Lily and Selden are on a walk together, Lily having broken her second planned meeting with Percy Gryce in order to see Selden. The excuse she gave Gryce was that she had a headache that first prevented her from going to church and second from going on a walk with him. She instead convinces him to join the other guests and go to the Van Osburgh home in Peekskill.
Selden tells Lily that he views everything she does as having been premeditated. She disagrees, saying she is impulsive, but Selden argues that her genius is being able to convert impulse into intentions. They discuss the freedom that Selden enjoys, and he admits that he is able to be "amphibious" and live in both the wealthy elite society as well as the working society in New York where he is a lawyer.
Selden and Lily continue conversing, discussing her ambitions in the society while Selden chooses to belittle them. She finally asks him if he would marry her, and he responds that maybe he would if she wanted to marry him. They both get caught up in the moment, but it is destroyed by the sound of a motorcar that reminds Lily that she is pretending to be sick back at the house. Selden and Lily share a cigarette at the end, but Selden is no longer as friendly to her, telling her that he took no risks in offering to marry her if she wanted him.
Lily establishes a pattern of not being able to commit herself, a pattern that starts here. Instead of going on a walk with Mr. Gryce, she takes the afternoon walk with Selden. This is a huge risk since Bertha Dorset considers it a direct attack on her. Lily is thus again risking her future by associating with Selden.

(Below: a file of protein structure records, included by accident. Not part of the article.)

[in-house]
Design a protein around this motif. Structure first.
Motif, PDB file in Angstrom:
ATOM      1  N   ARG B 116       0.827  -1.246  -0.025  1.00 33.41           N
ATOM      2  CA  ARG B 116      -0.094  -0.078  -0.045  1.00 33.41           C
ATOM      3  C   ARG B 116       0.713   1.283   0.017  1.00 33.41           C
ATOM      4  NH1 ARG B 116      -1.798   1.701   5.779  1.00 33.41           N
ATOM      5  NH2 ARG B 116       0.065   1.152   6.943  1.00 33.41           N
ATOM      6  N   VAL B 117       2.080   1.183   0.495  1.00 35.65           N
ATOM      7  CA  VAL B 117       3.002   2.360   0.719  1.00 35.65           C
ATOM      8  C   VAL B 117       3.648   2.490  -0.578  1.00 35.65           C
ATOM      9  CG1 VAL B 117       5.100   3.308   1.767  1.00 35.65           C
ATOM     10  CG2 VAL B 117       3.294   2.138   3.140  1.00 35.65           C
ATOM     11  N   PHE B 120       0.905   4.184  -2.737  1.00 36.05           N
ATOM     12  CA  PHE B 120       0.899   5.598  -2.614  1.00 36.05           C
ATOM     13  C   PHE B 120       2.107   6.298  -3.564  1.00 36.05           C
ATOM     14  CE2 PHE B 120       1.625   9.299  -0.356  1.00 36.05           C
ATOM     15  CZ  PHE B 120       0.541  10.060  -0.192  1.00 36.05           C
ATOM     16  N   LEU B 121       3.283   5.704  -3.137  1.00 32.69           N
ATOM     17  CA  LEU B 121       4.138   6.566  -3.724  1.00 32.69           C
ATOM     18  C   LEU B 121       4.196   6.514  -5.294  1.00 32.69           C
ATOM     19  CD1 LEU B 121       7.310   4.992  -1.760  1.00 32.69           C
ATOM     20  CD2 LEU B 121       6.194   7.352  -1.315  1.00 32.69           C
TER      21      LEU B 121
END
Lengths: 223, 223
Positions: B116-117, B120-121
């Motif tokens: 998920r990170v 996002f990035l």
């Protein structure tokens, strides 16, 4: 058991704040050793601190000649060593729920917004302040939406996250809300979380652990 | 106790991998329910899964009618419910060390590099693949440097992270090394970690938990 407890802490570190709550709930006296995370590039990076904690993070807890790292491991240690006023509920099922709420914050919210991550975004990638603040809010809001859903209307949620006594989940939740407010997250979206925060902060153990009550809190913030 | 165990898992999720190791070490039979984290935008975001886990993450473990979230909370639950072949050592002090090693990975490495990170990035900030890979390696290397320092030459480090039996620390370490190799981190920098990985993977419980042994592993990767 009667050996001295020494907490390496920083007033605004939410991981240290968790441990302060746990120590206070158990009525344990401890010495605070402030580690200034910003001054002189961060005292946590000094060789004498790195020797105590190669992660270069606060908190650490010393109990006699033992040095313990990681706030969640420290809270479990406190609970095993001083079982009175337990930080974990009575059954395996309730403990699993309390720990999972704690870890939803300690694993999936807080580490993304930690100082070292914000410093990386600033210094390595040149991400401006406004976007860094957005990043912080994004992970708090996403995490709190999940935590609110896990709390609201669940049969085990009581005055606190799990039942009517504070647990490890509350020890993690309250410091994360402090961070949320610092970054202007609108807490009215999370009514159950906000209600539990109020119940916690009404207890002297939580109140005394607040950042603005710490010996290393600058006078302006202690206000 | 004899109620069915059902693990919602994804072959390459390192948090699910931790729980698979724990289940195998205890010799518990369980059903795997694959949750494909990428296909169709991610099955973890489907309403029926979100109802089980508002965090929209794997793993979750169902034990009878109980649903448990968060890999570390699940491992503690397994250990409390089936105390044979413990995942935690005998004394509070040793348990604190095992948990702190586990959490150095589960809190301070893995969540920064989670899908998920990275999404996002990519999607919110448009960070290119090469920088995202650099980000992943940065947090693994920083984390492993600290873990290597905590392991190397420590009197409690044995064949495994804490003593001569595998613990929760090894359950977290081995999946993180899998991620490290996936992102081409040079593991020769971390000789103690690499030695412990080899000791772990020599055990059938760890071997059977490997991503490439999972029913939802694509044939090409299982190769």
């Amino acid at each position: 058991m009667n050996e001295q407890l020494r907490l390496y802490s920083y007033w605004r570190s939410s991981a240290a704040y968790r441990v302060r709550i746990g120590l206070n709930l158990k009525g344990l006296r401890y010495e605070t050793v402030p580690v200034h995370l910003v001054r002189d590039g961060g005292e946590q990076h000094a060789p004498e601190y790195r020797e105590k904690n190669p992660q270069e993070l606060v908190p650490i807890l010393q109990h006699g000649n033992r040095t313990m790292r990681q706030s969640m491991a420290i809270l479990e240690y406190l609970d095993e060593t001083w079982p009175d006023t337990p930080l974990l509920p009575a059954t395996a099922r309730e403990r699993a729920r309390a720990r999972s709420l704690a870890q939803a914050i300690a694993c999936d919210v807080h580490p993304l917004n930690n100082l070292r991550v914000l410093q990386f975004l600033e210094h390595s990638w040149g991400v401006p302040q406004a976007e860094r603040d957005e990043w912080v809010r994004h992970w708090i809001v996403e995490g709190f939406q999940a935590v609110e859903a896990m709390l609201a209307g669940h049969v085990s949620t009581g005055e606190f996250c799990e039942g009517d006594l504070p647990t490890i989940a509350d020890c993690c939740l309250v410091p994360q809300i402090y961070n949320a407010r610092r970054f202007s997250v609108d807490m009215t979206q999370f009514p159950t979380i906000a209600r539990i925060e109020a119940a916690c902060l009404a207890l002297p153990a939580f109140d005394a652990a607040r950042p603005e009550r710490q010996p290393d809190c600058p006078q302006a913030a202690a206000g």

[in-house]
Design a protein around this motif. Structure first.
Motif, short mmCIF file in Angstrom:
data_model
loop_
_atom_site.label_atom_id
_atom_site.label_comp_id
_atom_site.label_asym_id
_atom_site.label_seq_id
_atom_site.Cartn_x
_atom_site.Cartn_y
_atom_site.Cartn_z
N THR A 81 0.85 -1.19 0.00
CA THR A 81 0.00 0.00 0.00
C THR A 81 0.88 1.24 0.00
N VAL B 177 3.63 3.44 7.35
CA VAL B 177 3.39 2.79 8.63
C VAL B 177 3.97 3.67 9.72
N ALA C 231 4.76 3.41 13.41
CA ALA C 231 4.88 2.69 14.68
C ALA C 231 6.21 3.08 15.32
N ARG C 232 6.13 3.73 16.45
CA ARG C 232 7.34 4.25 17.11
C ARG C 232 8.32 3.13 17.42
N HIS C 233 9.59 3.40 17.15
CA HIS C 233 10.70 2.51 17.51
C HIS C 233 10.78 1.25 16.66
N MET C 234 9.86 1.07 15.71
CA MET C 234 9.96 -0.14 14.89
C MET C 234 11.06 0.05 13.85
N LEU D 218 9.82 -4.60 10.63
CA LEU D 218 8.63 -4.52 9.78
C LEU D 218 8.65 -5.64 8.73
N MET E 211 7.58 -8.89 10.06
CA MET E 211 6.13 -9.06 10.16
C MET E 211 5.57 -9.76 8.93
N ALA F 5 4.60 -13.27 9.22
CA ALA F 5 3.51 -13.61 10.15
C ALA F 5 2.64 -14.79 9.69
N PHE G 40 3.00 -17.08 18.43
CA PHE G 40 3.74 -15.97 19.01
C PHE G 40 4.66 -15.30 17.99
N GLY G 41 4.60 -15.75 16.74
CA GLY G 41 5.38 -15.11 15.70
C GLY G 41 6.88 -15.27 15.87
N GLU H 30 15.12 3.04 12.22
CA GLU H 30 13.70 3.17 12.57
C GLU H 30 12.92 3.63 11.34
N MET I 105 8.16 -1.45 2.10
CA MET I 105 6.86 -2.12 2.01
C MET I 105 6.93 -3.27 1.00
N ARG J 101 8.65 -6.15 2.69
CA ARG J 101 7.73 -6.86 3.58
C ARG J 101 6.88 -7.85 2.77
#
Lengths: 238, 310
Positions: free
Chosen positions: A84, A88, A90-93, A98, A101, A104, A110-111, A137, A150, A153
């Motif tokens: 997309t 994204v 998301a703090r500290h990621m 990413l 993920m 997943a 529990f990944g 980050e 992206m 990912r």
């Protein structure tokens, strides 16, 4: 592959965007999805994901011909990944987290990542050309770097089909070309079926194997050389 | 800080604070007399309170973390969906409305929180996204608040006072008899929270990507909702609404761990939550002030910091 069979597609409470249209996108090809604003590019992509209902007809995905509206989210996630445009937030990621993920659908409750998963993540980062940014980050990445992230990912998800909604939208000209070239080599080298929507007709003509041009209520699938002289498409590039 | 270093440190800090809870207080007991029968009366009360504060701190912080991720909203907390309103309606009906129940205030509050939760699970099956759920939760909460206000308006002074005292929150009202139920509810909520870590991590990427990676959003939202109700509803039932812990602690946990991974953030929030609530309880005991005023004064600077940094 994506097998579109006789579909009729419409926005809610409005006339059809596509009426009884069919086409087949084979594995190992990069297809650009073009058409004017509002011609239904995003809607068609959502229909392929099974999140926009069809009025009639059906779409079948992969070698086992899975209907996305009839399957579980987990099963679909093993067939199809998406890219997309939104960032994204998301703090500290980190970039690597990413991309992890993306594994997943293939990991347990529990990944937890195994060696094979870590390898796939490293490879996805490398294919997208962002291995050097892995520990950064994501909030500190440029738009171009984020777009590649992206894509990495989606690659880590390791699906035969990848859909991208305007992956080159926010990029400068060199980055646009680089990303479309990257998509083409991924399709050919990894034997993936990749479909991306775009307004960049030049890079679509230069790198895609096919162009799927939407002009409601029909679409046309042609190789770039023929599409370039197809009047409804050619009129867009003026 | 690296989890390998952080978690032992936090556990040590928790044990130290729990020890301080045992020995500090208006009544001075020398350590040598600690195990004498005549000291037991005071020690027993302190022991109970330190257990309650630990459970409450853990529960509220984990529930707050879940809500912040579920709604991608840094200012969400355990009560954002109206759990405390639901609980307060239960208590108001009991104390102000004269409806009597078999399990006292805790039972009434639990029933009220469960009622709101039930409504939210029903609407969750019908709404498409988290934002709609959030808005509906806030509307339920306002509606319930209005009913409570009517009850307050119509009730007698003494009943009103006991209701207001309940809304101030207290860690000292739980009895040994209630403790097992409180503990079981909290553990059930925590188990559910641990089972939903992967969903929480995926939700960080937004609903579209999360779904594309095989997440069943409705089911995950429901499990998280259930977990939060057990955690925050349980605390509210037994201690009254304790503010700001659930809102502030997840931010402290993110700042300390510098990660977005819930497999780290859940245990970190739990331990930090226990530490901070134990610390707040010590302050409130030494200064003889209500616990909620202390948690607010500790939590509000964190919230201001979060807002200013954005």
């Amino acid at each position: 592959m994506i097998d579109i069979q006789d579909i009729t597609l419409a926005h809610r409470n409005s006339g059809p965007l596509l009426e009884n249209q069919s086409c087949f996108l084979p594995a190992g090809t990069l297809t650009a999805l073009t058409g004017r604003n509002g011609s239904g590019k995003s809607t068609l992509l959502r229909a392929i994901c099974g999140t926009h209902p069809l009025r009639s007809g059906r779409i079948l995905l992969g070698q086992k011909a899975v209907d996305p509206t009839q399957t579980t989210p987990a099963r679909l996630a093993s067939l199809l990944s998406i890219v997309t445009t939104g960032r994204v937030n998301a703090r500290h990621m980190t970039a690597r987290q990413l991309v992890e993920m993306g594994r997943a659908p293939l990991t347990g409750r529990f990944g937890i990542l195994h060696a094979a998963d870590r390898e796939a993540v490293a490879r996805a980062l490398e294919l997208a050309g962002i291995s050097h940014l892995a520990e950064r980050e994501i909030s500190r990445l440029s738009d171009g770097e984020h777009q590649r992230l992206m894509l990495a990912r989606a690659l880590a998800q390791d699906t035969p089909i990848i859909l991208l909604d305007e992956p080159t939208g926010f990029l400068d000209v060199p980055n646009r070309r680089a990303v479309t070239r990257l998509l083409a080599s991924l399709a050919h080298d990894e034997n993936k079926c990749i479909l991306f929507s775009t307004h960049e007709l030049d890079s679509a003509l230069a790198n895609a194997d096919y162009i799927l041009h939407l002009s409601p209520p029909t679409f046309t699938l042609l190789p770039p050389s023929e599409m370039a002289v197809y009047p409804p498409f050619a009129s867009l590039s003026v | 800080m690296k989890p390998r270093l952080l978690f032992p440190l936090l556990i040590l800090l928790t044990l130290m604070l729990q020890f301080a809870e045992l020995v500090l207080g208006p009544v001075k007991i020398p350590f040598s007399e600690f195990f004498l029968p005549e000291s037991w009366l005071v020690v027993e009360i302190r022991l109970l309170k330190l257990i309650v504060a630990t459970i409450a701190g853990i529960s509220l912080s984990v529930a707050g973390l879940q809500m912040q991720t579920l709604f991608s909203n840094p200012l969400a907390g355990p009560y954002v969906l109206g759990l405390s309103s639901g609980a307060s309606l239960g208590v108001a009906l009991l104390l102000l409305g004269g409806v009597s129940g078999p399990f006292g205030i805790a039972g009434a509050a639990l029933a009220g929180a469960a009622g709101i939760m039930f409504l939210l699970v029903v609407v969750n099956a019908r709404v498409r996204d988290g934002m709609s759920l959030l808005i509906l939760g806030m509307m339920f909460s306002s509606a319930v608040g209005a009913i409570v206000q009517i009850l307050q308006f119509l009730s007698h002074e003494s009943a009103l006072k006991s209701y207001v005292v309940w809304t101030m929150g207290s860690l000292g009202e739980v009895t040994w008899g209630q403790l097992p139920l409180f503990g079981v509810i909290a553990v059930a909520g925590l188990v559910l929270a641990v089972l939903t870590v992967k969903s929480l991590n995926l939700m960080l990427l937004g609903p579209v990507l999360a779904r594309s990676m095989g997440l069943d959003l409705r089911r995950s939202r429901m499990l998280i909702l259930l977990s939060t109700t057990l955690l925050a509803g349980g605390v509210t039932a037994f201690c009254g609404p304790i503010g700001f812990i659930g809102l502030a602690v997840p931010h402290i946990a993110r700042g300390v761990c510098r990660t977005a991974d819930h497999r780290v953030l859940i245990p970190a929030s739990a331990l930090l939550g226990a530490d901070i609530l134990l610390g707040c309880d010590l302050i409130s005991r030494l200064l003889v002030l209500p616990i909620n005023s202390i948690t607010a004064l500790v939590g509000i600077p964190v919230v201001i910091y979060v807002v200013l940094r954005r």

It was earlier alluded to that Selden essentially belongs to a ...
... middle of paper ...
...ryce rejected her because of gambling. "Do you know, Lily, he told me he had never seen a girl play cards for money till he saw you doing it the other night?" The irony of the situation is that had she not played cards, she would have been excluded from the social set in a different way.
Money and claims are intimately tied together at this point. There is a dichotomy between Wall Street and the social life that we see, "This vast, mysterious Wall Street world of 'tips' and 'deals'" (87). Lily asks Trenor to invest her money for her, forgetting that money gives the lender the right to expect something in return. This has been shown already with Jack Stepney trying to introduce Rosedale, and even hinted at by Mr. Trenor when he mentions Rosedale's "advice" to him. It is a game that Lily does not know how to play, and one that will lead to her ultimate failure.
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